Cave Story 3D

Cave Story 3D

I had heard of Cave Story, but had yet to play it. The game was first released on the PC in 2004, and eventually made its way to WiiWare and DSiWare. Cave Story 3D brings the game to the 3DS with both a Classic Mode and a Story Mode. Both modes support 3D visuals, although the Story Mode does more than just add depth to the background, it actually alters character models and other objects to be 3D, giving the game a significantly different look.

No matter how you play it, Cave Story is a great looking portable. I have spent the majority of my time playing the Classic Mode, and about 75% of the time in 2D mode instead of 3D. The 3D mode does add a nice layer of depth to the backgrounds, but understandably, not a lot else. I found that 3D mode did make the game just a little harder to play, and certainly more uncomfortable after a certain period of time compared to playing in 2D, but that’s more or less just a fact of life with the 3DS.



Cave Story 3D keeps not only the original 2D-only experience intact, but adds 3D support for it, as well as including a ‘full blown’ 3D Story Mode. I like that NISA didn’t remove the original, but included it and only added to it, making this release the most definitive yet. The soundtrack is also remixed, and while I haven’t heard the original Cave Story soundtrack, what’s offered here in Cave Story 3D is damn good. In all honesty, the music is some of the best and most fitting that I have heard out of any handheld game in a long time.

So the presentation quality, both the old and the new that Cave Story 3D brings, is great. The controls work very well with the analog stick or the d-pad, although I recommend the analog stick. There are a lot of tight jumps to make, especially in stages like Labyrinth, and the feedback from B and X, the two jump buttons, is ideal. I still manage to slide off of small platforms when jumping onto them at times, but then again I’ve never been a great platformer.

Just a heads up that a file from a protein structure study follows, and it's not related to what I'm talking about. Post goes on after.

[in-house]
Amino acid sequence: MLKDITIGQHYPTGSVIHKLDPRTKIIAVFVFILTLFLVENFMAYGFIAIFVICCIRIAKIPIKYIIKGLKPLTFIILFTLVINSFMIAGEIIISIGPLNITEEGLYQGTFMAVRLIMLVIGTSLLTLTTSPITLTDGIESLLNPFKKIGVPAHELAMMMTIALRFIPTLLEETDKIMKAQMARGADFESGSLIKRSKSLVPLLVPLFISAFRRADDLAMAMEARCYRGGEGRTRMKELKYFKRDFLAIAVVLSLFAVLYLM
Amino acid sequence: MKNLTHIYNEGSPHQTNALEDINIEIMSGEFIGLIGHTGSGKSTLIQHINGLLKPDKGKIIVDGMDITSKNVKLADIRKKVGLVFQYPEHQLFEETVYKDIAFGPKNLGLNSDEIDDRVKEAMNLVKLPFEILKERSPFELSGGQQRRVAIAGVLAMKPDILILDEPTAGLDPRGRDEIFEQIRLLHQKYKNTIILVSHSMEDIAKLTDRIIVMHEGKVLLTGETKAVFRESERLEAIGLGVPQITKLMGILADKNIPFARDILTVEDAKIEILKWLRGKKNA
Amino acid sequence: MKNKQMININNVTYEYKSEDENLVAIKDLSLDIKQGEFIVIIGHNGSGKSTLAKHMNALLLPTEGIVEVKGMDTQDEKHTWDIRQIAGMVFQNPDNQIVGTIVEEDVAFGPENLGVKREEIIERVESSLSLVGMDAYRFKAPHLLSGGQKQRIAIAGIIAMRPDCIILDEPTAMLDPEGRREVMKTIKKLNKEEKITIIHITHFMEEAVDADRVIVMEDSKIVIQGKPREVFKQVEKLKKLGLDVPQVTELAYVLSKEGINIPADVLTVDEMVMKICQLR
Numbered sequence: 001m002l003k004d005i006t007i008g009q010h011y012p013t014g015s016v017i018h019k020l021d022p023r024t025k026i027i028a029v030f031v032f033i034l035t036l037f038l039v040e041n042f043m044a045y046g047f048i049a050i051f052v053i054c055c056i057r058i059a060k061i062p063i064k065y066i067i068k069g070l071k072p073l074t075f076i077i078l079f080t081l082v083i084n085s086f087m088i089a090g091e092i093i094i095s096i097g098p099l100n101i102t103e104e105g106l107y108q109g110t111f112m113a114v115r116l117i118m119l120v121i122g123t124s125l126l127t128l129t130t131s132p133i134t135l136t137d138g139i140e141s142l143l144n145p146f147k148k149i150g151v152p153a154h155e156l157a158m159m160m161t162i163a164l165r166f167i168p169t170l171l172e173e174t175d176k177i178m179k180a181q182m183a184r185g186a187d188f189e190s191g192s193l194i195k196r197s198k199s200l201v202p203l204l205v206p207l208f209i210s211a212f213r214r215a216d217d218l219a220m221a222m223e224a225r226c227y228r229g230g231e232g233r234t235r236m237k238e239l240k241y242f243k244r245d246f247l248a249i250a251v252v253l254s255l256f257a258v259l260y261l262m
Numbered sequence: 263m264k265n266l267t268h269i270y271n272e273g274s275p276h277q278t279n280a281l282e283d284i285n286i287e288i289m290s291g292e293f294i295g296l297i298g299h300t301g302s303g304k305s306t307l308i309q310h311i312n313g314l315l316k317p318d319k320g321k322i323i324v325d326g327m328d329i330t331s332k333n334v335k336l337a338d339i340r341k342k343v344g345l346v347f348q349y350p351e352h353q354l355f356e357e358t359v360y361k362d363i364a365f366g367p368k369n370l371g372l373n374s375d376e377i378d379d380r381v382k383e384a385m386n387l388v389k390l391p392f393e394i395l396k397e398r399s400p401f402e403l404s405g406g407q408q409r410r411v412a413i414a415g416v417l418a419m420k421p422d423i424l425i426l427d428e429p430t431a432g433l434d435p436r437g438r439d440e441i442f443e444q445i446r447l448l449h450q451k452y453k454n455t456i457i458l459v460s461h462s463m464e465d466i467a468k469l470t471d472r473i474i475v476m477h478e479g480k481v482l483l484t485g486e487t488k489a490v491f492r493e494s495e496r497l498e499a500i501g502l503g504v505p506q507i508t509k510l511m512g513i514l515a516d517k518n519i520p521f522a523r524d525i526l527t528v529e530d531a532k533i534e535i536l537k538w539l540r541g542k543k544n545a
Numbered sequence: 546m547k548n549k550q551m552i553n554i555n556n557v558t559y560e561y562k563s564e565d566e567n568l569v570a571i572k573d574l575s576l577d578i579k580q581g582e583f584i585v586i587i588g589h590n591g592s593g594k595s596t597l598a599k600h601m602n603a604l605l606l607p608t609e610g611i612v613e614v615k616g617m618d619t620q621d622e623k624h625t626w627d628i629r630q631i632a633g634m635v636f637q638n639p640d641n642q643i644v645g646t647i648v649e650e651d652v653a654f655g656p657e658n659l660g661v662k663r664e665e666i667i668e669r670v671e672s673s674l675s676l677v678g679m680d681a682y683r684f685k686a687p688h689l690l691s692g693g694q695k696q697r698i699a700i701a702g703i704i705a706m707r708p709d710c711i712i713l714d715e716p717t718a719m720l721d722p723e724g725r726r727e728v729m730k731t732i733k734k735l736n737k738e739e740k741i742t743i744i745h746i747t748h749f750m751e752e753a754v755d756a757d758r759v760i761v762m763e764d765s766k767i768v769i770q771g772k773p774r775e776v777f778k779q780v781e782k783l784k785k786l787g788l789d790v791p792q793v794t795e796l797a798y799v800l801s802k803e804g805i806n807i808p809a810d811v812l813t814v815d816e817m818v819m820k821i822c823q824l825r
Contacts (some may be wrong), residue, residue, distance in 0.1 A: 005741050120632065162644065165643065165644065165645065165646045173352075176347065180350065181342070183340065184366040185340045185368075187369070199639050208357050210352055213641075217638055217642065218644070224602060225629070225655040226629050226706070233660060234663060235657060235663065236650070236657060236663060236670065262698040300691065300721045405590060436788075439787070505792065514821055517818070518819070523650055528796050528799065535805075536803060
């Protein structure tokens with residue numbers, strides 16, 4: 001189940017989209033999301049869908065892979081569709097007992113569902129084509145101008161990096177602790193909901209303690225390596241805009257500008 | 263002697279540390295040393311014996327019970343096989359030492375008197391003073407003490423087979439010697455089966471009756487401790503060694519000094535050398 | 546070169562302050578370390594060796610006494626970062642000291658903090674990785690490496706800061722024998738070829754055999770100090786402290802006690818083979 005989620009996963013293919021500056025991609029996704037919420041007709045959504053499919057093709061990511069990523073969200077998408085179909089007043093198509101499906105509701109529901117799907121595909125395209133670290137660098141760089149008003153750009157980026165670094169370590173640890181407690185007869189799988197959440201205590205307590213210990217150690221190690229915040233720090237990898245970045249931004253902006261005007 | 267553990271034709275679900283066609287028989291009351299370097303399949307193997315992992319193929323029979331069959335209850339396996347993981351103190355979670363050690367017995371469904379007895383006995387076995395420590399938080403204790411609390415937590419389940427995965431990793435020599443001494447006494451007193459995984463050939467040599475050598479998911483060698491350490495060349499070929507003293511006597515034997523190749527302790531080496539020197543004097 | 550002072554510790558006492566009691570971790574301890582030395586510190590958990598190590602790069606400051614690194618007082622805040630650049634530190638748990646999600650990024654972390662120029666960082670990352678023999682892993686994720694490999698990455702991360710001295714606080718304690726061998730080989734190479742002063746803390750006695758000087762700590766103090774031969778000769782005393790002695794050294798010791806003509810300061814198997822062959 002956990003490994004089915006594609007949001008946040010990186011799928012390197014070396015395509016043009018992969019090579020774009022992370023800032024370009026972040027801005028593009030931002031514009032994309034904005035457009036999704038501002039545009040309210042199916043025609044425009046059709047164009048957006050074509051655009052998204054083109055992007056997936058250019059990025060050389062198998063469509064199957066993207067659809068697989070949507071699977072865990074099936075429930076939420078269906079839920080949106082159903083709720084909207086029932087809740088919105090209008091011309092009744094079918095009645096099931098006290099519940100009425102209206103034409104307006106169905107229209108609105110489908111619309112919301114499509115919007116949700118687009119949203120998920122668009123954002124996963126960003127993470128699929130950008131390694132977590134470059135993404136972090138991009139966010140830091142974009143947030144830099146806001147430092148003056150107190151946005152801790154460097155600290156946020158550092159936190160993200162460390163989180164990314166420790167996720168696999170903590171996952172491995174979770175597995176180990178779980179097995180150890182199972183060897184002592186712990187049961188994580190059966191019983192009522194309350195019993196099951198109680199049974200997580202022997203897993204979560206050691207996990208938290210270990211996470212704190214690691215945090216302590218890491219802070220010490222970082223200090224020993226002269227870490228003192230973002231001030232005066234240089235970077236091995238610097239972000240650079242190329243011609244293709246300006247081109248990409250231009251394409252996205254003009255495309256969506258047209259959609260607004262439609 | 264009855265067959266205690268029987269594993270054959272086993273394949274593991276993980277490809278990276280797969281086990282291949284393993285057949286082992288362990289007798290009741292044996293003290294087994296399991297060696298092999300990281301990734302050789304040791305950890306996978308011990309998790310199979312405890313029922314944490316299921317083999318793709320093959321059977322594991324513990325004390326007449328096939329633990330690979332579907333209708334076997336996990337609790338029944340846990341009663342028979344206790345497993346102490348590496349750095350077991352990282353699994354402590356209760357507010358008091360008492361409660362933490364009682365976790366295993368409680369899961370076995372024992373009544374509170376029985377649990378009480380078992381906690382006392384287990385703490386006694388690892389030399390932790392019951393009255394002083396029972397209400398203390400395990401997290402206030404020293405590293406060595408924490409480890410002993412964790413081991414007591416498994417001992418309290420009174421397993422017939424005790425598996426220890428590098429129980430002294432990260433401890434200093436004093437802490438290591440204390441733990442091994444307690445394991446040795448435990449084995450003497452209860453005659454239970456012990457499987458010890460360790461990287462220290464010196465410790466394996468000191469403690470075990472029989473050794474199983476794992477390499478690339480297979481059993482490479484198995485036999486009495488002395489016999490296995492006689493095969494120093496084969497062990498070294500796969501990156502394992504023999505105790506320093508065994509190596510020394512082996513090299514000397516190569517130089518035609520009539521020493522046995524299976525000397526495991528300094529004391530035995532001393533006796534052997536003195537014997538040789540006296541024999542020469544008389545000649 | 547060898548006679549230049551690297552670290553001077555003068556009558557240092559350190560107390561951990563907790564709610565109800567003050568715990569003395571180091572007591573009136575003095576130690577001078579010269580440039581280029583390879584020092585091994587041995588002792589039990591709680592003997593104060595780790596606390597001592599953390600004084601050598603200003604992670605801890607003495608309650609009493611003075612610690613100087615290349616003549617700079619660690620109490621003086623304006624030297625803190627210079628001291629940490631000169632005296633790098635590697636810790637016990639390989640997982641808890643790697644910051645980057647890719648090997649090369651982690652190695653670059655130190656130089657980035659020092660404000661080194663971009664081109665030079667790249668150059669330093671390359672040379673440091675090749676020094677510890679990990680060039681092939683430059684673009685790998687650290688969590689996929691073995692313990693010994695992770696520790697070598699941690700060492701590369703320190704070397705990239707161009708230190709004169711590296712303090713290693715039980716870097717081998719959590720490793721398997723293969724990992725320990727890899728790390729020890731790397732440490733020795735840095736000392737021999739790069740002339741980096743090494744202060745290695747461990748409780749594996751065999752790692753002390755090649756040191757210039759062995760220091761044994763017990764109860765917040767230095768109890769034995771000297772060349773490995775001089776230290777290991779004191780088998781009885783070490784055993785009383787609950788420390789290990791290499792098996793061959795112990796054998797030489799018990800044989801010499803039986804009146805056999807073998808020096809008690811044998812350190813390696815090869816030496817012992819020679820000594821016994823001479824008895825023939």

Overall, Cave Story is a pretty straight-forward, old school style of 2D platformer with lots of action. Development was thought out and executed over the course of about five years, and it’s very polished because of it. Gameplay consists of lots of running and jumping onto ledges and various platforms, all the while using projectile weapons to zap your enemies. Weapons include the Polar Star, which is a basic pistol, a machine gun, missile launcher, fireballs, even a secretive bubble-based weapon that is easy to miss.

I really liked the upgrade system for these weapons — all enemies that you kill release these little pickups that fall and bounce around the game world. If you can get to them within about ten seconds, you will pick them up and a meter, in the left corner of your HUD, shows you how close you are to
getting to the next level of that weapon. The weapon upgrades are noticeable, and very powerful, but they aren’t permanent. This is because your weapon upgrades act as sort of a thin coat of armor, and you lose the XP you have gained on a weapon by taking damage while wielding it. It’s not too hard to earn back of course, but you will immediately notice the downgrade and may have to alter your strategy a bit to compensate.